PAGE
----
The top Republican on the House Intelligence Committee is calling on President Trump to press British Prime Minister Theresa May about the British government’s handling of the Steele dossier.
In a letter to Trump on Wednesday, California Rep. Devin Nunes also called on Trump to ask May whether the British government was aware of or took part in surveillance efforts against members of the Trump campaign.
Trump is expected to make a state visit to the U.K. in June.
The trigger for Nunes’ letter was a report published on Sunday that Christopher Steele, a former MI6 officer, briefed high-level British government officials about his investigation into possible ties between Trump and the Russian government.
The U.K. Telegraph reported that a week after Trump’s election win, Steele briefed Sir Charles Farr, who then chaired Britain’s Joint Intelligence Committee, about his investigation of Trump’s possible ties to Russia.
Farr passed the information to other high-level British intelligence officials, including MI5 director Andrew Parker and MI6 director Alex Younger. According to the Telegraph, the prime minister was not briefed on the information.
Nunes asserted in his letter, which was obtained by The Daily Caller News Foundation, that the report raises “important questions” about the British government’s role in “spreading the dossier’s false allegations and what actions they may have taken in response to the allegations.”
Nunes has led the Republican effort to investigate the FBI’s handling of the dossier, which was used to obtain surveillance warrants against former Trump campaign adviser Carter Page. Republicans have cried foul because Steele’s dossier was unverified when cited by the FBI. It was also funded by the Clinton campaign and DNC.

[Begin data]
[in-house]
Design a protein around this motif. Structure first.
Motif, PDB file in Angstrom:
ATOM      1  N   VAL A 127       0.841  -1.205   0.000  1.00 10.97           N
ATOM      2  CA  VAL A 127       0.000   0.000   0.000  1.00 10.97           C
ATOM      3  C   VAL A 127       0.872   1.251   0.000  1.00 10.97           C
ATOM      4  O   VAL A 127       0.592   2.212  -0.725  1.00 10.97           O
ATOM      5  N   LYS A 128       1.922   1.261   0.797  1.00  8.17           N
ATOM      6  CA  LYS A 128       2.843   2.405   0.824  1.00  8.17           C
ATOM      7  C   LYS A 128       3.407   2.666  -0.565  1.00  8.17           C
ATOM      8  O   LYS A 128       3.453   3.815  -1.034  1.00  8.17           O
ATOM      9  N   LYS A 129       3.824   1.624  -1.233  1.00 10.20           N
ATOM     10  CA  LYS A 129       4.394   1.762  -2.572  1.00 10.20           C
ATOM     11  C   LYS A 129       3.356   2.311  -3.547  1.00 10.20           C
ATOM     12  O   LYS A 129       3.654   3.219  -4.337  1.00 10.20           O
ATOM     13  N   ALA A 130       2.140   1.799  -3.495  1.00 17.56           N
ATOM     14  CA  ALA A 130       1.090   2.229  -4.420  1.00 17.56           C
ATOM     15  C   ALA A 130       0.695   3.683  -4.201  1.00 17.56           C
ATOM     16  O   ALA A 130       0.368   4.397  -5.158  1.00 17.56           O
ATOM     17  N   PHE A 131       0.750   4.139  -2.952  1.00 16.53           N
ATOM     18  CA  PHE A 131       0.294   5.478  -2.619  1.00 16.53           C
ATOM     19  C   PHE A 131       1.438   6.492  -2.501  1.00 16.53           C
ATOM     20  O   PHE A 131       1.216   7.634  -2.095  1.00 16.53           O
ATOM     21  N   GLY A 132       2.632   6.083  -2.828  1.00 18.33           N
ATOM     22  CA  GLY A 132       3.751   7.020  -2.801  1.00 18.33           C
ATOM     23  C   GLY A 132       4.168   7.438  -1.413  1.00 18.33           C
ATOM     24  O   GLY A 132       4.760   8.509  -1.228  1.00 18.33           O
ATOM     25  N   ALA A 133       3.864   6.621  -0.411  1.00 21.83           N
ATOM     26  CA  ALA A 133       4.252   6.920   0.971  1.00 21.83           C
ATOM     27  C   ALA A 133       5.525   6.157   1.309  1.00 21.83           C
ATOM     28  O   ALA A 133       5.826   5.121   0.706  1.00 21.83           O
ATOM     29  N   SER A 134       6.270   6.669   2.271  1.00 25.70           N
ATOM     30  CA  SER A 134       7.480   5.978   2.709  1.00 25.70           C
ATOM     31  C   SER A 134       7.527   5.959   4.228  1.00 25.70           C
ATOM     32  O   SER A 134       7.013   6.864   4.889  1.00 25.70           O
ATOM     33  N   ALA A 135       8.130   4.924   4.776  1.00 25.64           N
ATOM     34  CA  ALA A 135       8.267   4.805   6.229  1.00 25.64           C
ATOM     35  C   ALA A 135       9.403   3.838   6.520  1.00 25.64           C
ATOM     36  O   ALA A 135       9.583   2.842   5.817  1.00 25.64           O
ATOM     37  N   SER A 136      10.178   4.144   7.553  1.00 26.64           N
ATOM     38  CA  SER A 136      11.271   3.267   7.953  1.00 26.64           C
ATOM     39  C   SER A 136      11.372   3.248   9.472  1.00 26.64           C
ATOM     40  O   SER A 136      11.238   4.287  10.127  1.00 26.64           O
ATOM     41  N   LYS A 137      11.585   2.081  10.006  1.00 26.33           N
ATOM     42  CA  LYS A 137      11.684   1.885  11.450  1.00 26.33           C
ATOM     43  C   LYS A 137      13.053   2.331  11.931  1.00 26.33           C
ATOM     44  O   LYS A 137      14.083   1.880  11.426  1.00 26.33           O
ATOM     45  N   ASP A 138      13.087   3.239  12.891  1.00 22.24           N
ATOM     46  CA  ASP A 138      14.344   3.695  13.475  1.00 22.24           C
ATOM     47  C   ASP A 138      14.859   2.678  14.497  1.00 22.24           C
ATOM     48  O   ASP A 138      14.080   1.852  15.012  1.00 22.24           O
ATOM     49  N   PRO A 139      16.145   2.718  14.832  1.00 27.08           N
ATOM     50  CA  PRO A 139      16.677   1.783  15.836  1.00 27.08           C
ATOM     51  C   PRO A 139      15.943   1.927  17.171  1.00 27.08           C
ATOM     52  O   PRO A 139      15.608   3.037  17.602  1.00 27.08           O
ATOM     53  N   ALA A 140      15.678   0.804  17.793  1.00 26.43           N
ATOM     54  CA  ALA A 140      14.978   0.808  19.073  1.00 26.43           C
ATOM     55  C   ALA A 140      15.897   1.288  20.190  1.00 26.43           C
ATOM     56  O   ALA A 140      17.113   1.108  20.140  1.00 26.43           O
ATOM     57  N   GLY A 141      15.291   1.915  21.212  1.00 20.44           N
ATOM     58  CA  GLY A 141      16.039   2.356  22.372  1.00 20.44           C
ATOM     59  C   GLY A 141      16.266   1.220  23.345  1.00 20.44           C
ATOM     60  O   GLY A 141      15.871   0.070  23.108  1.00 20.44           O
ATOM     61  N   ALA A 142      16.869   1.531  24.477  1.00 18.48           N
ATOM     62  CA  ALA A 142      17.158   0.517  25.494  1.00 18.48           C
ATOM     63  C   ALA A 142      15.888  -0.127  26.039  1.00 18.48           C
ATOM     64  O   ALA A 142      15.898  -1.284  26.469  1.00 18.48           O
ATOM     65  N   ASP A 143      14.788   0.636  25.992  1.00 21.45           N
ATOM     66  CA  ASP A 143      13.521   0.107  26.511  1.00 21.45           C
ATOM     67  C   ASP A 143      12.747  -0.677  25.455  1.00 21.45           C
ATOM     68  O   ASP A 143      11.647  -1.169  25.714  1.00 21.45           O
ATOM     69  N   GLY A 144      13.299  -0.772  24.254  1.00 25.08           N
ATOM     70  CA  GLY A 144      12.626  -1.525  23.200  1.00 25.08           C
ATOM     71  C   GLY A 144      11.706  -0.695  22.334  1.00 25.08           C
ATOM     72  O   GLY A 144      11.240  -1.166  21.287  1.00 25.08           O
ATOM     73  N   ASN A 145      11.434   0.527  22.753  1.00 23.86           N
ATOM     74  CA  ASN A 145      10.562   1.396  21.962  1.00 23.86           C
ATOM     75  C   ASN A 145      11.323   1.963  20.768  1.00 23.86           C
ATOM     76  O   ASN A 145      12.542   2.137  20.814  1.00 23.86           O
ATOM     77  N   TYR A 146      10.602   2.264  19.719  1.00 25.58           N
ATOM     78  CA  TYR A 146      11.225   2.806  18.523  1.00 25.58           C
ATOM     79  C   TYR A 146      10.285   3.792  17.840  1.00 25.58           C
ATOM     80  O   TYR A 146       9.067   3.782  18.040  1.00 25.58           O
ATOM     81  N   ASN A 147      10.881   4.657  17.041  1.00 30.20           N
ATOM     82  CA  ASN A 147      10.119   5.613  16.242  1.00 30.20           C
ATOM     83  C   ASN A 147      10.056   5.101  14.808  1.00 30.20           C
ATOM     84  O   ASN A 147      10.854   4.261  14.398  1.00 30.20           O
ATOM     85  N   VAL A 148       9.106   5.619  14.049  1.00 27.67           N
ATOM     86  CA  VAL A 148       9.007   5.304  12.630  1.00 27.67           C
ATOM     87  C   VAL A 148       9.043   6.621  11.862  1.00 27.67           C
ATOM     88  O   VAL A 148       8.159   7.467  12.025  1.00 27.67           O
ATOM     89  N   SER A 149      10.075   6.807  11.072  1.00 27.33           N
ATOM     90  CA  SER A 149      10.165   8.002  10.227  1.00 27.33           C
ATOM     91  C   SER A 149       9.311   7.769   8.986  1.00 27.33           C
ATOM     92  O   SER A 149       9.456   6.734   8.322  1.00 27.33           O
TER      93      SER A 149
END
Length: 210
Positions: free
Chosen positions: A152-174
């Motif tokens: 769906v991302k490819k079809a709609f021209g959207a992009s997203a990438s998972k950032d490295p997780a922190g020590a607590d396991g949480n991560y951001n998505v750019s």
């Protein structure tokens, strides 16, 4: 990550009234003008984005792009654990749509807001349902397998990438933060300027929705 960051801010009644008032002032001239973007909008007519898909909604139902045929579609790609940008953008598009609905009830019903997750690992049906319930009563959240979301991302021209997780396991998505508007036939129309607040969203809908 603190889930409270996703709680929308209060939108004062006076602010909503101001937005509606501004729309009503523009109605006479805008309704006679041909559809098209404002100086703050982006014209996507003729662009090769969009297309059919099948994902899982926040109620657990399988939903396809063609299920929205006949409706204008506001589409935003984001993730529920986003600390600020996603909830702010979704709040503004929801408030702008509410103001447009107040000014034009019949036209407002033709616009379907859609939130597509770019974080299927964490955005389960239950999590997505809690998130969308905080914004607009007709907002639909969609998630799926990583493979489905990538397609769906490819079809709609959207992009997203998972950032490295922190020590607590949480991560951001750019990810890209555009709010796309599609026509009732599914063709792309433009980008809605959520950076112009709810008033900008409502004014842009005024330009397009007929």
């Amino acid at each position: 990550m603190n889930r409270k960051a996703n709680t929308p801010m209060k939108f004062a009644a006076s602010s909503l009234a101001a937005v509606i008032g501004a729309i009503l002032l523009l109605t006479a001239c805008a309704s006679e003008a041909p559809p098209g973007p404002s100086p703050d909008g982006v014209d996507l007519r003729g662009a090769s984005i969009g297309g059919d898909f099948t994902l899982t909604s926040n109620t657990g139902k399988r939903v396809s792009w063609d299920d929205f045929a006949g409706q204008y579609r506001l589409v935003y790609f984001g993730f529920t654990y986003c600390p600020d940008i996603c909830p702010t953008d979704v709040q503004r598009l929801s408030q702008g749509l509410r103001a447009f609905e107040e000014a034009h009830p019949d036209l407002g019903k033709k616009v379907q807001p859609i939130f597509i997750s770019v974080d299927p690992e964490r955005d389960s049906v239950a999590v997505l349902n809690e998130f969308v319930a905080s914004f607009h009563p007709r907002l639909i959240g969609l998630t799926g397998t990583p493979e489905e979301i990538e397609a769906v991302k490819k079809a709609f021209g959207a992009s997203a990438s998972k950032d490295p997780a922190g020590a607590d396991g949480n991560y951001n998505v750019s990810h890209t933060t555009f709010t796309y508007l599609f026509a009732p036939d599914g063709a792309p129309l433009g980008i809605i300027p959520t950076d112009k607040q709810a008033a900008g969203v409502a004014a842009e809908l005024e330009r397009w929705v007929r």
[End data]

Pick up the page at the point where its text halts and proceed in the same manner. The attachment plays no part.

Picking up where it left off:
Steele’s 35-page report has been all but debunked by the special counsel’s report, which found no evidence of a conspiracy between the Trump campaign and Kremlin.
“To better understand these matters, I respectfully request that you ask Prime Minster May about the British government’s knowledge of the Steele dossier and whether the British government took any unilateral actions based on information provided by Steele or at the request of any U.S. departments or agencies,” Nunes wrote in the letter.
Nunes listed seven areas he hopes Trump will discuss with May.
He wants to find out if any British officials tasked Steele with gathering additional information on Trump, as well as whether British intelligence discussed Steele with their American counterparts.
One question listed by Nunes could cause some stress on the U.S.-U.K. relationship.
“Is the British government aware of, did it give permission for, or did it participate in, activities by any government to surveil or otherwise target active or former associates of the Trump campaign, if any such surveillance or activities took place?” one question reads.
At least one FBI informant had contacts with Trump campaign advisers on British soil. Stefan Halper, a former Cambridge professor, met at Cambridge in July 2016 with Carter Page. And in September 2016, he hosted Trump aide George Papadopoulos in London.
Halper was accompanied during the Papadopoulos operation by a woman who he claimed was his assistant. But the woman, who went by the name Azra Turk, was actually a government investigator.
The New York Times, which first reported Turk’s role, also reported that the British government was aware of the operation but did not take part.
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